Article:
In an illustrative embodiment of the invention, the ALU 8 is adapted to multiply baseband received signal yk by the complex conjugate of the known transmission signal xk, or:

z k =y k x k*  (2)

to yield:

z k =h k k  (3)

when |xk|=1 for a M-PSK signal. It may be of help to envision equation (3) as being derived by substituting the terms on the right side of equation (1) representing the received signal yk into equation (2) in place of yk. In Equation (3), the value ñk is a white Gaussian noise process with variance σ2 n. In effect, Equation (3) represents a received baseband signal stripped of the effects of data modulation.

Next, ALU 8 is adapted to generate a “differential” signal, zk′, given by:

z k ′=z k −z k−1 , k=1, . . . , N  (4)

Again, it may aid the reader to envision Equation (4) as

z k ′=h k ′+n k′  (5)

where

h k ′=h k−h k−1  (6)

and

n k ′=ñ k −ñ k−1  (7)

Because noise is present within channel 2, the present invention envisions an ALU 8 which is adapted to average the complex vector differences over different signal z′k. By so doing, the zero-mean noise contributions from the channel 2 average out to zero, reducing the effects of noise. In an illustrative embodiment of the invention, ALU 8 is adapted to carry out this averaging over a limited number of symbols to avoid introducing errors due to changes in the direction of h′k.

Referring back to equation (5), it can be seen that the differential signal can be envisioned as comprising both noise, n′k, and speed (fading), h′k. In order to generate a SPEED metric the noise component should be minimized. Likewise, in order to generate a NOISE metric the fading component should be minimized.

In an illustrative embodiment of the present invention, ALU 8 is adapted to generate a SPEED metric from the sample mean value of the differential signal zk′ and a NOISE metric from a variance value of the differential signal, as in: z _ = 1 / N k = 1 N z k and ( 8 ) σ z 2 = 1 / N k = 1 N z k 2 - z _ 2 ( 9 )

To be useful, a metric must be understood. With this in mind the present inventor realized that the mean value of the differential signal z′k given by equation (8) could be further expanded upon as follows. Mathematically, z′k can be replaced in equation (8) with the terms h′k+n′k as given by equation (5). Further, because the transceiver 5 knows that the original transmitted signal 1 comprises a limited number of symbols, each of which is being transmitted as often as the other, the differential noise term n′k comprises a zero mean, enabling equation (8) to be mathematically reduced to:

{overscore (z)}′≈{overscore (h)}′  (10)

which is the average symbol-to-symbol channel movement. That is, equation (10) gives an indication of how fast the characteristics of the channel 2 are changing as the wireless device or object 3 moves causing the signal 1 to traverse different parts of the channel 2. In one embodiment of the present invention, the “speed” or rate at which the characteristics of the channel 2 are changing is related to the speed at which the object 3 is moving. Overly simplified, it can be said that the faster the object 3 moves, the greater the rate of change in the channel characteristics and vice-versa.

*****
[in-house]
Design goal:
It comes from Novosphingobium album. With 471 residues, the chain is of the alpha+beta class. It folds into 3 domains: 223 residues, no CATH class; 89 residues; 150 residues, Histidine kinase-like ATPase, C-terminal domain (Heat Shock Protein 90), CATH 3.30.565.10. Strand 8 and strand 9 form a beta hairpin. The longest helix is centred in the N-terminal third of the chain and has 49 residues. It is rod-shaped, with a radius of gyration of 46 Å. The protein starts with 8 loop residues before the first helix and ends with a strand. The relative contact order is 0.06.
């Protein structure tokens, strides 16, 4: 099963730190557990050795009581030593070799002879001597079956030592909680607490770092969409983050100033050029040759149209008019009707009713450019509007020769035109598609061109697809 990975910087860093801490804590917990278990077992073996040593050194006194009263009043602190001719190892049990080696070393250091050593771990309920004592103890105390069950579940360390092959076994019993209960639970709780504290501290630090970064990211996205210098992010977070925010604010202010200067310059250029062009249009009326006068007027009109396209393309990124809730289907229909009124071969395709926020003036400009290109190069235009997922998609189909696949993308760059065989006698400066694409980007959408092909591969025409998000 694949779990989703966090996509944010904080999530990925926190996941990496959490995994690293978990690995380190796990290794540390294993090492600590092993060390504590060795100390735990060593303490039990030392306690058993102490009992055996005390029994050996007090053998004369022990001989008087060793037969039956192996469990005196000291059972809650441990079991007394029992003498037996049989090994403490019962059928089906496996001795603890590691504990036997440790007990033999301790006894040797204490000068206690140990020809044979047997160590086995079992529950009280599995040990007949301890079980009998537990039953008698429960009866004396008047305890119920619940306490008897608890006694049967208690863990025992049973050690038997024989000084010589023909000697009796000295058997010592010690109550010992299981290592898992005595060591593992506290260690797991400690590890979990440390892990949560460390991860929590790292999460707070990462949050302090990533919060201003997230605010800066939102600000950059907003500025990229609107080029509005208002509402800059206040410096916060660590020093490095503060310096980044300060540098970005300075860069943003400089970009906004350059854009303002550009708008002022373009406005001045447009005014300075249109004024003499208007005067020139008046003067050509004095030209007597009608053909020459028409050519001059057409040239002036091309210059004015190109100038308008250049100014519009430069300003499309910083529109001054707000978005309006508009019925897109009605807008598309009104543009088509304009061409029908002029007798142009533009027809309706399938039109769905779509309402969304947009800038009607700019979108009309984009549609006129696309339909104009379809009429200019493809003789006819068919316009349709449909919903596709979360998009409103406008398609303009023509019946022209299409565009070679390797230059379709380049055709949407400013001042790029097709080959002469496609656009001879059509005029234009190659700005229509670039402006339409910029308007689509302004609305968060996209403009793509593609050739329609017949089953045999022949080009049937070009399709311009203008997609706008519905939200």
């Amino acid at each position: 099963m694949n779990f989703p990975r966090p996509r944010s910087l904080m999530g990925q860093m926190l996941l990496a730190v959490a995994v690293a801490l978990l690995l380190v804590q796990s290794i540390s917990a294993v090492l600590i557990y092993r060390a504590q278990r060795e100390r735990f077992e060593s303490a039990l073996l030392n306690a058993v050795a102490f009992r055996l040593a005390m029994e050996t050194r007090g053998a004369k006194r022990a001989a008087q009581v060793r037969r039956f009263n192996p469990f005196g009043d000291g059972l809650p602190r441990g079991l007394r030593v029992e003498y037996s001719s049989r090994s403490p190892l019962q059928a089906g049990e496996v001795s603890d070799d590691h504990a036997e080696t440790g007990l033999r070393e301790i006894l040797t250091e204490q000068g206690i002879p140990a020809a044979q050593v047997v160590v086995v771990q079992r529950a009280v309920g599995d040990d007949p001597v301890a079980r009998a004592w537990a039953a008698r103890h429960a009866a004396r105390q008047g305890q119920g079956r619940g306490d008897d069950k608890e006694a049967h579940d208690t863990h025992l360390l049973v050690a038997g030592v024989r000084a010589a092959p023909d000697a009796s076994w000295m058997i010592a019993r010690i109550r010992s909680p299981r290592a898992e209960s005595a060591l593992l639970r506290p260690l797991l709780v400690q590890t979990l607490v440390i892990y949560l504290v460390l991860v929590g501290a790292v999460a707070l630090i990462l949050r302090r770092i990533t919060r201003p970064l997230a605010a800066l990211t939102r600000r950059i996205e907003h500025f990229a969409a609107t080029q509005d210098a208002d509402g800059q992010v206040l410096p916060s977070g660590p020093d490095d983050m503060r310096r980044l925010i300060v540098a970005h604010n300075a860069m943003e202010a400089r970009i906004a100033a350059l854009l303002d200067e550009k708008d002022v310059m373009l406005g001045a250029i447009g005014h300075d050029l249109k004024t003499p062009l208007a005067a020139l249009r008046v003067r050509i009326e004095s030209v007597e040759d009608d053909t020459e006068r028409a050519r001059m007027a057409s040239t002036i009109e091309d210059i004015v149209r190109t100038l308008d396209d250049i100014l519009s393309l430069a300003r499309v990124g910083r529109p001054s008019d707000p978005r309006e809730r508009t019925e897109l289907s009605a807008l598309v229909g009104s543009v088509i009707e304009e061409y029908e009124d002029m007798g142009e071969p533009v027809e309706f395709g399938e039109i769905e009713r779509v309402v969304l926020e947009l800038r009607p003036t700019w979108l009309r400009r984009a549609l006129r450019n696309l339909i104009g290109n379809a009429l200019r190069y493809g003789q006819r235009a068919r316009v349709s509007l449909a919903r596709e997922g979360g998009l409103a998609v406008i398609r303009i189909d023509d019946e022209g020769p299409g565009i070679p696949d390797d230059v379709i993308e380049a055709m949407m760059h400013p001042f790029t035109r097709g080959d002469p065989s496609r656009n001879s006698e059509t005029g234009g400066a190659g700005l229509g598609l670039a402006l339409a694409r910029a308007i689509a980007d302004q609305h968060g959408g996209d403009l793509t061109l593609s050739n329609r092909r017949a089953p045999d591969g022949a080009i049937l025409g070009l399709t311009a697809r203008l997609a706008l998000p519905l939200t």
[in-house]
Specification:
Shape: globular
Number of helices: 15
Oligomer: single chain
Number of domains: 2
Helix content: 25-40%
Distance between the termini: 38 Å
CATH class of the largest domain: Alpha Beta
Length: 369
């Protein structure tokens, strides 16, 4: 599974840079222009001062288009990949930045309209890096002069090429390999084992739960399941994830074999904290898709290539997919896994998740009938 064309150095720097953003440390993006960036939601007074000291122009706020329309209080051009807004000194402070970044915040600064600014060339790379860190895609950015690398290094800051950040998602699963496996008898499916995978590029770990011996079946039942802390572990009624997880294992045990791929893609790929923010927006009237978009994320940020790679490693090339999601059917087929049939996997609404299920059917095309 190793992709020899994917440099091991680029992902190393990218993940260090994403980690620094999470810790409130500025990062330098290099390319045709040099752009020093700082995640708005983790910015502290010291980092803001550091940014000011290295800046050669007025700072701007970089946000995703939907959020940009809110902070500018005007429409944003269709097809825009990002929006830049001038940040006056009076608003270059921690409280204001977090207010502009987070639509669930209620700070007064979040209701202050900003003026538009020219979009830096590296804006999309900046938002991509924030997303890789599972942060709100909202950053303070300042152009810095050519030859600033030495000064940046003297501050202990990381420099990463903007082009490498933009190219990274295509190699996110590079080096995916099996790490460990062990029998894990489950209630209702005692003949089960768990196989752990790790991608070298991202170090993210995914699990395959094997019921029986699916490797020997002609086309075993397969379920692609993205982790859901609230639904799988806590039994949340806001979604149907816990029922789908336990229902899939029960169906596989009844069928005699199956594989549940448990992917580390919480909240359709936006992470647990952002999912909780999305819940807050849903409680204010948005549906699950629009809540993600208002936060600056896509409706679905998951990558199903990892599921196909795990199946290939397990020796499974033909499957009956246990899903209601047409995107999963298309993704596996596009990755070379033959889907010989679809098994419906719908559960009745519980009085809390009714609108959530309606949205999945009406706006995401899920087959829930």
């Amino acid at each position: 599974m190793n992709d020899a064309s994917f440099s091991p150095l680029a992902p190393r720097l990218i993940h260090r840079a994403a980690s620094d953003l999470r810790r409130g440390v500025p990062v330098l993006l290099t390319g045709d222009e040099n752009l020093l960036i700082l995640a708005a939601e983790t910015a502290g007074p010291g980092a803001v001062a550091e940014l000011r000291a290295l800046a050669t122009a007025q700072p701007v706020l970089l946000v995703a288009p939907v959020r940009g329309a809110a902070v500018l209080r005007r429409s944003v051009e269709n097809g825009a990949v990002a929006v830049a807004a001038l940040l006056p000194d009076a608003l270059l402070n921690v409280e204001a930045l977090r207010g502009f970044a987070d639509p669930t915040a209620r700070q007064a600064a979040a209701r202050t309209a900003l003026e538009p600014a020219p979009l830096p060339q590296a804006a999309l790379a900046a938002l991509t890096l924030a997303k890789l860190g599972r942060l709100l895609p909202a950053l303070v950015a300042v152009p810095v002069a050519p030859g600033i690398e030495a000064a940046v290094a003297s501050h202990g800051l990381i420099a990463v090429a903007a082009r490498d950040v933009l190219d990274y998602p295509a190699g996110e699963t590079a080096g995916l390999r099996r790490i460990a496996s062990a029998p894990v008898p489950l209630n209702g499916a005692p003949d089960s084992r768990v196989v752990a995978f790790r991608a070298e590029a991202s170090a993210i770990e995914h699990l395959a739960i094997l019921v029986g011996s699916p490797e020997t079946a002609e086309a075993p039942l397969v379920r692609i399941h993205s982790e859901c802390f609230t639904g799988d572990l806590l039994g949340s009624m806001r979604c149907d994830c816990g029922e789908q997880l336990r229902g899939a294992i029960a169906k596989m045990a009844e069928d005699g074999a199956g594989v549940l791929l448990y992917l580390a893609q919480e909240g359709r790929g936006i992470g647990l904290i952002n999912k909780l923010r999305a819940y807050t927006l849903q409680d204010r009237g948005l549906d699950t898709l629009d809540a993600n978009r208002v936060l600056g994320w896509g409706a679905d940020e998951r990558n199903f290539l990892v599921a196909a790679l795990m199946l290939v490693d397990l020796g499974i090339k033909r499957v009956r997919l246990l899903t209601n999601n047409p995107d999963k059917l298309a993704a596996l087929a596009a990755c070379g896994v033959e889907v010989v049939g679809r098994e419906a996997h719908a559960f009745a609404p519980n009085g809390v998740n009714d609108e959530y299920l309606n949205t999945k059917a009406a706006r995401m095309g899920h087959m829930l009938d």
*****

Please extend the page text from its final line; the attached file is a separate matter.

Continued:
It was recognized by the present inventor that equation (10) could be further simplified by assuming that, if the number of symbols included within the mean calculation was kept relatively small, then the change or variation in the directional component would be relatively small and, therefore, could be effectively ignored. That is, if a small number of symbols is used to calculate the mean it is reasonable to assume that the directional component would be negligible because, in most cases, the signal 1 does not undergo drastic changes due to variations in the channel 2. It is only over the entire length of the signal 1 that such changes become noticeable. This leads to the conclusion that the magnitude of the mean value of signal z′ substantially reflects the magnitude of the change in channel variations from symbol-to-adjacent-symbol. Said another way, the magnitude of the mean value of signal z′ can be used as a SPEED metric once the directional component of z′ is eliminated. In an illustrative embodiment of the invention, ALU 8 is adapted to generate a SPEED metric, Sm, defined as:

S m =|{overscore (z)}′| 2  (11)

In other illustrative embodiments of the invention, ALU 8 is adapted to generate the SPEED metric, Sm, defined as the magnitude of the mean value of the differential signal z′ or as the square root of the magnitude of the mean value of the differential signal. It should be understood that the SPEED metric gives a relative indication of the speed. This is due to the fact that under equivalent noise conditions Sm will be larger at higher speeds than lower speeds.